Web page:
Blog Tour & Giveaway: “The Fifth Petal” by Brunonia Barry

I received this book for free from TLC Book Tours in exchange for an honest review. This does not affect my opinion of the book or the content of my review.

Blog Tour & Giveaway: “The Fifth Petal” by Brunonia BarryThe Fifth Petal (The Lace Reader, #2) by Brunonia Barry
Series: The Lace Reader #2
Published: January 24th 2017 by Crown
Genres: Mystery
Pages: 432
Format: ARC
Source: TLC Book Tours
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Last summer I took an epic road trip up the coast with a few friends on our way to a wedding in New Hampshire. On the way back, we stopped in Salem, Massachusetts, and I fell in love with the city–and not just the kitschy witchy bits. Between the overall atmosphere, the herb shops (I bought so much tea), fortune tellers, comic shops, random pirates, and tasty food, we ended up spending many more hours in Salem than originally planned. So when I saw that TLC Book Tours was doing a tour of a murder mystery with witches set in contemporary Salem, I was intrigued.

The Fifth Petal by Brunonia Barry opens with a murder that takes place in the late 1980s. Three women known across the town as the Goddesses are brutally murdered. There were two survivors/witnesses–Callie Cahill, the young daughter of one of the victims, and Rose Whelan, a local historian/auntie figure whose sanity is broken by the event, and who claims that the girls were killed by a banshee. The case goes cold, and is relegated to becoming one of Salem’s legends.

Flash to the present day (2014ish), and Rose Whelan is present for another death, this time a young troublemaker who has threatened her with violence. Even though there’s no physical evidence linking her to the crime, public superstition blames her for the death. Meanwhile, Callie doesn’t even know that Rose is still alive, and races back to Salem to be reunited with her.

The other main character, of course, is Rafferty, a local police officer who is friends with Rose. And when Callie shows up, he feels compelled to reopen the case of the Goddess murders and to find out what really happened.

The Fifth Petal is actually technically the second book in a series. The first book is The Lace Reader, which I haven’t read. But you can definitely understand The Fifth Petal without having read The Lace Reader first. The two books share some of the same characters, but have their own unique story arcs.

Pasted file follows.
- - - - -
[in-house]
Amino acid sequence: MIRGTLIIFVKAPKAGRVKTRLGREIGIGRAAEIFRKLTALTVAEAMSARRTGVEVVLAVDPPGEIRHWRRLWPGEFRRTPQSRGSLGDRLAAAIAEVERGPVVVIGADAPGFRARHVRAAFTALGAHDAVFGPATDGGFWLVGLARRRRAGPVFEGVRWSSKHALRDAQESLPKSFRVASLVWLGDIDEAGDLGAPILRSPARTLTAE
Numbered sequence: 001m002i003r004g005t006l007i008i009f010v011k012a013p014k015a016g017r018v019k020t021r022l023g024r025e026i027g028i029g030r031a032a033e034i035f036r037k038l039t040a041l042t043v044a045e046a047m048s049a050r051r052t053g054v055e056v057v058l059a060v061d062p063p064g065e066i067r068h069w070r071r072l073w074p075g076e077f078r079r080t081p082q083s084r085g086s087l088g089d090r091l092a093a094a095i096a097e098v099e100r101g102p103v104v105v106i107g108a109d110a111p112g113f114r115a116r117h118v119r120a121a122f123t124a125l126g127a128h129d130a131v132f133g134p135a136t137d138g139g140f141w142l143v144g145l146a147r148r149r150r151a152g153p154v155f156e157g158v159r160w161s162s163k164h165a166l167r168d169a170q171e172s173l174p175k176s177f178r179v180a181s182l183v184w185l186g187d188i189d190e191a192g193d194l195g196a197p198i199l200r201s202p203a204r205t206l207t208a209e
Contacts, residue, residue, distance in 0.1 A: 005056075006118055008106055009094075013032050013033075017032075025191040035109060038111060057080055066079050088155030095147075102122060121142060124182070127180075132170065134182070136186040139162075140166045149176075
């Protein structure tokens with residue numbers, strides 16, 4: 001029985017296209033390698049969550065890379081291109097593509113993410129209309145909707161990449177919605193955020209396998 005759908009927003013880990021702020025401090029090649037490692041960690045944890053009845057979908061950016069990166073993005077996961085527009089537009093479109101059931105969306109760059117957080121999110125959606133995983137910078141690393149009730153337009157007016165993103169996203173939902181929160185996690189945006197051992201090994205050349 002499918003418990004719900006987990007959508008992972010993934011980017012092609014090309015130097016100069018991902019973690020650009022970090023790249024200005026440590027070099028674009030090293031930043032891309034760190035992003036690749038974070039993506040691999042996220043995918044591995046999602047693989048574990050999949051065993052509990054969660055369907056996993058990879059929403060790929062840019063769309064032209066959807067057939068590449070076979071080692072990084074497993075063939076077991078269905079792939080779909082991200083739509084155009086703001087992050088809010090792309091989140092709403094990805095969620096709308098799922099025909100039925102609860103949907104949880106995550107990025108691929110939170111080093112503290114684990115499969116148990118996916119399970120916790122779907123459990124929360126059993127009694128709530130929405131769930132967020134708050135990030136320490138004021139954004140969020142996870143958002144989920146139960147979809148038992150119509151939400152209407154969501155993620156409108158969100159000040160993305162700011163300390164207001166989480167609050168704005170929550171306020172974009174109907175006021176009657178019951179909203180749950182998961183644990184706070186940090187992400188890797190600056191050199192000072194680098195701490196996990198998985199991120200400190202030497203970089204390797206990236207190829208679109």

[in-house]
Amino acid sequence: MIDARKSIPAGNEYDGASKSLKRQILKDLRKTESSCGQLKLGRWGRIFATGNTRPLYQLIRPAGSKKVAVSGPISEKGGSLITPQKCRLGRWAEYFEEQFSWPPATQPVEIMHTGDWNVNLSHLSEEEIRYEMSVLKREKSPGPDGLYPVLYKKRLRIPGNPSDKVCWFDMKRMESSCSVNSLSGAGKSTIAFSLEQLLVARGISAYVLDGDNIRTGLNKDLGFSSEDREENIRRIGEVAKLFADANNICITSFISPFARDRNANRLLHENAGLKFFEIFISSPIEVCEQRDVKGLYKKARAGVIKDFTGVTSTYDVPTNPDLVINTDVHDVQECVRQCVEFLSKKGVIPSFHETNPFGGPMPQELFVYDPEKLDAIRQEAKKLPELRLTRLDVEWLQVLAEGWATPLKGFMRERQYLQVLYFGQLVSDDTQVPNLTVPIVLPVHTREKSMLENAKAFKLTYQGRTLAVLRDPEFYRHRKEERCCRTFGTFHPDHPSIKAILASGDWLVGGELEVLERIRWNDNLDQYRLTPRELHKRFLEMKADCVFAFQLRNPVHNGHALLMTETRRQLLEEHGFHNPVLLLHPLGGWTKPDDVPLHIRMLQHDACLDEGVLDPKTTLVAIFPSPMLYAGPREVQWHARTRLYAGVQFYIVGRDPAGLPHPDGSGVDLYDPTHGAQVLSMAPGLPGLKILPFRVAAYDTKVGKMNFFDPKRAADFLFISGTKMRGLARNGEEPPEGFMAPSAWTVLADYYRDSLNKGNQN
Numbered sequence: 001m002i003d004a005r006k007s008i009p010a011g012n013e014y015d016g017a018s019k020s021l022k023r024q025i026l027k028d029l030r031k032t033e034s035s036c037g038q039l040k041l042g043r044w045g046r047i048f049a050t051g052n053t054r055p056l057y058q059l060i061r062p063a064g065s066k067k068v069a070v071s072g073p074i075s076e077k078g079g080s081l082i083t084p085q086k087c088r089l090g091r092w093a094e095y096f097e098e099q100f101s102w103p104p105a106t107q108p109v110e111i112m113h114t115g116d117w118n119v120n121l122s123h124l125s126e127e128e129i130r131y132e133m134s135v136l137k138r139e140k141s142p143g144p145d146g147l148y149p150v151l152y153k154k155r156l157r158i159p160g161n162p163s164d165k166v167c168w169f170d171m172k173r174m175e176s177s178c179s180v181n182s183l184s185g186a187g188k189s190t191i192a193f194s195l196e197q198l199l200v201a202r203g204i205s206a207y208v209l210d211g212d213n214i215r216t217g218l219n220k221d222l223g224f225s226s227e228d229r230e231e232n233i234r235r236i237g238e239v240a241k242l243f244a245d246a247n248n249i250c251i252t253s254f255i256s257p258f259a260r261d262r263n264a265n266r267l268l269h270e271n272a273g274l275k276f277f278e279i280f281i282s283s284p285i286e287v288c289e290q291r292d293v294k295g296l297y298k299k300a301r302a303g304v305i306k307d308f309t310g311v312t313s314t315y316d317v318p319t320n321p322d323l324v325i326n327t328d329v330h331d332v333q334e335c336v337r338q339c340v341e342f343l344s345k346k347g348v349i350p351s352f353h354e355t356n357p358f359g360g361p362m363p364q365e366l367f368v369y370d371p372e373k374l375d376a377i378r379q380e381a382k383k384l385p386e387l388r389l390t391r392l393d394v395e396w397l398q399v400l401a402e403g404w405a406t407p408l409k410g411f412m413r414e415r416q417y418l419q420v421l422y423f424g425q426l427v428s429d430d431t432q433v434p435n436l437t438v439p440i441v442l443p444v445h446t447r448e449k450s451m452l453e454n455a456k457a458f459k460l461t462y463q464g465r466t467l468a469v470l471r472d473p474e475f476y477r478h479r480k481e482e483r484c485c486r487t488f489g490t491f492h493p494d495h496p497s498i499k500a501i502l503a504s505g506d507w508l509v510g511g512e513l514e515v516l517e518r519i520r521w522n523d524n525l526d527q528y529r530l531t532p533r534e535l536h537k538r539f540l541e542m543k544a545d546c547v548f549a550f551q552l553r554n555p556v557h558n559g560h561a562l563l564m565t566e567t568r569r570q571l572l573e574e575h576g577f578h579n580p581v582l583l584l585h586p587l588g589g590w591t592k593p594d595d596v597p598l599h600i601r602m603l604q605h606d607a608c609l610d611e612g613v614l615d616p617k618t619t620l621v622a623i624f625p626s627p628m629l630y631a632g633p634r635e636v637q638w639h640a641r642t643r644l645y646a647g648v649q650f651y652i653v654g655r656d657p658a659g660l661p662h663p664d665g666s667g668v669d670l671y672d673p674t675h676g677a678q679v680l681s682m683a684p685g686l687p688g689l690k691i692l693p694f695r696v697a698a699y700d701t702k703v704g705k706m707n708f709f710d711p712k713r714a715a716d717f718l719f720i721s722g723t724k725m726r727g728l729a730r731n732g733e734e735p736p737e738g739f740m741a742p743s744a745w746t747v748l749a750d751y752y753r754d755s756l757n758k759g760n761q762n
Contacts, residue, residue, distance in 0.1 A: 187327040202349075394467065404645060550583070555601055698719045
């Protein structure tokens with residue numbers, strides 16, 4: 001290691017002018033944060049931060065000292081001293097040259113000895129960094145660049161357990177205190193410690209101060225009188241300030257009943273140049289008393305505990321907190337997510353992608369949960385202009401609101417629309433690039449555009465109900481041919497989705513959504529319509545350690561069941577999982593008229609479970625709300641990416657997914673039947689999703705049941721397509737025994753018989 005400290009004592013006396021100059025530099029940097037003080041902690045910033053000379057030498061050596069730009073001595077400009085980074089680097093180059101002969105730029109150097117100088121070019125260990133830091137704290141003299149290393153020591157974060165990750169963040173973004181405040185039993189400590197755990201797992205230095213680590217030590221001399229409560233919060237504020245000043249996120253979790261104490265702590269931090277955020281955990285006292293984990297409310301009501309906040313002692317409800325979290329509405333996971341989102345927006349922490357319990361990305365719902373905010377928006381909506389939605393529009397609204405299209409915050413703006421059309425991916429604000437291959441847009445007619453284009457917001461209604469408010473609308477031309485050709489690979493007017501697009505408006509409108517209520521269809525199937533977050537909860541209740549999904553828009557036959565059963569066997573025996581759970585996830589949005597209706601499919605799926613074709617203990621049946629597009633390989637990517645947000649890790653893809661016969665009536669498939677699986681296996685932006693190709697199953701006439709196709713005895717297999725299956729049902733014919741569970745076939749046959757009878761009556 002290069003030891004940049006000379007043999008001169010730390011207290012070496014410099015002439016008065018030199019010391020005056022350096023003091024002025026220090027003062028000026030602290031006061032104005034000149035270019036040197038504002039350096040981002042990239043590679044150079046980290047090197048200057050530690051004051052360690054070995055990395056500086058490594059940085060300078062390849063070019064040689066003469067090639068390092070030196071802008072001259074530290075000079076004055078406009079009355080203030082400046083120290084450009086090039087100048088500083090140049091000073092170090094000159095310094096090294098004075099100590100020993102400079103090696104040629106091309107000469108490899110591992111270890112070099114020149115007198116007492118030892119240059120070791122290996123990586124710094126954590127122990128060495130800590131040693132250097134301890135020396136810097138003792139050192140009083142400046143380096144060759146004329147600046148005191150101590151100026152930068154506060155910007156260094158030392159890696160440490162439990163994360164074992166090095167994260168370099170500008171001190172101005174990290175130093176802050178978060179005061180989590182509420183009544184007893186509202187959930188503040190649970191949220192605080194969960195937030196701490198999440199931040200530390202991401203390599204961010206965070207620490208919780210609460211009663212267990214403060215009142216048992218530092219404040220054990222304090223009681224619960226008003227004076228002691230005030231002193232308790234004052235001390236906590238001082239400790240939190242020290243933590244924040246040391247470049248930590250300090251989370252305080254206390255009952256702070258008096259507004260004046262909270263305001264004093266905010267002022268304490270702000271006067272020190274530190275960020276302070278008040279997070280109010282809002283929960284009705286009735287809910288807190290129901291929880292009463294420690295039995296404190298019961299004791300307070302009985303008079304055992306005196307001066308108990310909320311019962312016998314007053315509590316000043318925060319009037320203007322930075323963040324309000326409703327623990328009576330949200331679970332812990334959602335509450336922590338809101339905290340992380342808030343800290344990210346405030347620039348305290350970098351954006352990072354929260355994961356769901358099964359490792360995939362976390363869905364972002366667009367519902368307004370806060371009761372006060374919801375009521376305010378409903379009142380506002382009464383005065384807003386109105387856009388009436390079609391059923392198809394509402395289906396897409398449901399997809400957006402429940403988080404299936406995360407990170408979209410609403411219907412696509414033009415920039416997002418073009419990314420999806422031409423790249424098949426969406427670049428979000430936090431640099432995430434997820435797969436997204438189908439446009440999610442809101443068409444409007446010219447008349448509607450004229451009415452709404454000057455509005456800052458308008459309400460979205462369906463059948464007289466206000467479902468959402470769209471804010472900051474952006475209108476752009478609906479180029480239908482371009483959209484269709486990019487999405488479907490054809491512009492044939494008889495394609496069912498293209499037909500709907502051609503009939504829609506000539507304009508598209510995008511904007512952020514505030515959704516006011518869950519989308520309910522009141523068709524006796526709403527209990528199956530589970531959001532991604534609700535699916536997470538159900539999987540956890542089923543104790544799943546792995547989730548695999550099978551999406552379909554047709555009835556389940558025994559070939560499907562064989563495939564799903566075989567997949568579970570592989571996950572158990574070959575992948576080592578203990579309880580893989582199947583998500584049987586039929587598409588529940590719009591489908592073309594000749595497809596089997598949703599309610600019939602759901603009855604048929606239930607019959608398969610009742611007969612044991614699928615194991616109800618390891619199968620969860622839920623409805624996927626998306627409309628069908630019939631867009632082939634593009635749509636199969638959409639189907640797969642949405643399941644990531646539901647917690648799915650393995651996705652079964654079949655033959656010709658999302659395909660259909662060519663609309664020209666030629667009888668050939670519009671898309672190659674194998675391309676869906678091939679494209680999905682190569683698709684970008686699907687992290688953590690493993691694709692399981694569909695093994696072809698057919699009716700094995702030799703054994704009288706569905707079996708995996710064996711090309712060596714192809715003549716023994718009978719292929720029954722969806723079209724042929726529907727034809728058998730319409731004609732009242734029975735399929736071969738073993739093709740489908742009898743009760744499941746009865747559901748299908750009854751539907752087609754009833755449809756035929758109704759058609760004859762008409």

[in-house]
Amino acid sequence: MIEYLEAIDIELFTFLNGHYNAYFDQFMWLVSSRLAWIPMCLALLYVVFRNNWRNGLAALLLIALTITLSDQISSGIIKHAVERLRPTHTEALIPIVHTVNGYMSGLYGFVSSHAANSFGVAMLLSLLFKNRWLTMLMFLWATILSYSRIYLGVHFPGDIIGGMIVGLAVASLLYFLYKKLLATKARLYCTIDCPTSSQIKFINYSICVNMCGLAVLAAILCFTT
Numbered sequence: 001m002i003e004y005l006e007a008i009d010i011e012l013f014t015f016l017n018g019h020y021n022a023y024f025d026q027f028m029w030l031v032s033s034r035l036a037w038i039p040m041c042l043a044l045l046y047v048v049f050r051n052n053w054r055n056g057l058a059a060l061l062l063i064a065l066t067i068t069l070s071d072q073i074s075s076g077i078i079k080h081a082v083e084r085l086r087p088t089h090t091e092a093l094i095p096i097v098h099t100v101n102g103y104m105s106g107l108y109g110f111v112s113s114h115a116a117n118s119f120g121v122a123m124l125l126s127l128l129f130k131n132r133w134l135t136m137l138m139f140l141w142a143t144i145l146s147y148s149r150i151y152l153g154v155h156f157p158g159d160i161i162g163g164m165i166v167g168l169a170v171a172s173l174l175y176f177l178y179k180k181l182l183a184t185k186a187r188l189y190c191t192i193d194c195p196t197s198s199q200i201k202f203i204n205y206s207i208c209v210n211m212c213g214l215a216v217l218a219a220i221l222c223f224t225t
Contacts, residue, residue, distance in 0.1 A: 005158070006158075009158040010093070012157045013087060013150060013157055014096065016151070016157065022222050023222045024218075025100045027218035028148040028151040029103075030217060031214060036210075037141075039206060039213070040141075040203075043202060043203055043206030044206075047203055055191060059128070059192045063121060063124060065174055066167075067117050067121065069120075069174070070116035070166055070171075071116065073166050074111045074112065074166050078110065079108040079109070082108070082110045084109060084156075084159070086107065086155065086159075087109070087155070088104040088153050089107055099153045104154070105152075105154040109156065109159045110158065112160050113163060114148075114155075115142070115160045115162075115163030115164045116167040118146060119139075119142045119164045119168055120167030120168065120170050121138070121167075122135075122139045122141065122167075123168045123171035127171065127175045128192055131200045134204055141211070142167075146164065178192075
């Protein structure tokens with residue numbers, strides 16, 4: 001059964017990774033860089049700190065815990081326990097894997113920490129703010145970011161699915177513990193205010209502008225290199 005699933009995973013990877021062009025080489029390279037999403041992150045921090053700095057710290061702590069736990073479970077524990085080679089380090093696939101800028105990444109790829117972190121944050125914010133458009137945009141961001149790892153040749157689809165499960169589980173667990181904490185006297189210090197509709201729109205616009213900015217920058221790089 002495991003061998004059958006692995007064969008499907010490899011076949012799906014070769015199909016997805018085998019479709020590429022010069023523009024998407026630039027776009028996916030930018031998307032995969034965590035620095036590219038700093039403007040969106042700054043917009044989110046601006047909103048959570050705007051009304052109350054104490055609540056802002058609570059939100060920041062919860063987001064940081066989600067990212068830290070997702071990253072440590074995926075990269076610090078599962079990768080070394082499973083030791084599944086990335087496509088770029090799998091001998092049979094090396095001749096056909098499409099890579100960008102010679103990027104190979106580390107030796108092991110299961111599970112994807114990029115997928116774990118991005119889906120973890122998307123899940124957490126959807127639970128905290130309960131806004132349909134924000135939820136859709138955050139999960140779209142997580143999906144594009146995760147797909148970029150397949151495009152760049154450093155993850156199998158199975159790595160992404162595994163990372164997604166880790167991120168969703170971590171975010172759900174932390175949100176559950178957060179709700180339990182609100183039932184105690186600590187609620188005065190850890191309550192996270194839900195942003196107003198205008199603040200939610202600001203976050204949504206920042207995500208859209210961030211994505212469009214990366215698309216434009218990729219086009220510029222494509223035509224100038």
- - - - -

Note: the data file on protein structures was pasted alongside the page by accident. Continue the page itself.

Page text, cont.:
One of the things that I loved about The Fifth Petal was that it truly embraced the uniqueness of Salem. There’s a sense that anything is possible, and there’s a constant back-and-forth between stark reality and folklore, new age healing and modern medicine, evidence and visions… and that back and forth is something that is uniquely possible because it’s Salem. Rafferty represents logic. Rose represents the spiritual/ethereal. And Callie emerges as a  character who is capable of balancing both natures.

There are a lot of characters in the story, which makes it hard to guess immediately who the murderer is. In fact, I didn’t figure it out until I’d nearly reached the end of the book, and had been swept into suspecting a fair number of red herrings. I’m not sure if I would have suspected as many people had I read The Lace Reader first, mostly because I’m not sure which characters show up in both books.

The only one thing that threw me was figuring out exactly where Rafferty pulled the five-petal symbolism for the connection between the ritual the Goddesses were trying to perform and the original Salem witches. But I’m not sure if that’s something that wasn’t explained well enough, or if the effects of stress and sleep deprivation led me to miss something important.

Overall though, The Fifth Petal was an excellent read, and I relished the opportunity to immerse myself in Salem once again. It makes me feel like it’s time for another visit.

Giveaway

As part of the blog tour, I’m giving away one copy of The Fifth Petal. The giveaway is US only. Please enter by using the Rafflecopter below.
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4 comments

  1. I’ve heard that Salem is a wonderful place to visit, and everything you describe sounds like someplace I’d love to go. How fun that you could visualize the town while you were reading this book!

    Thanks for being a part of the tour.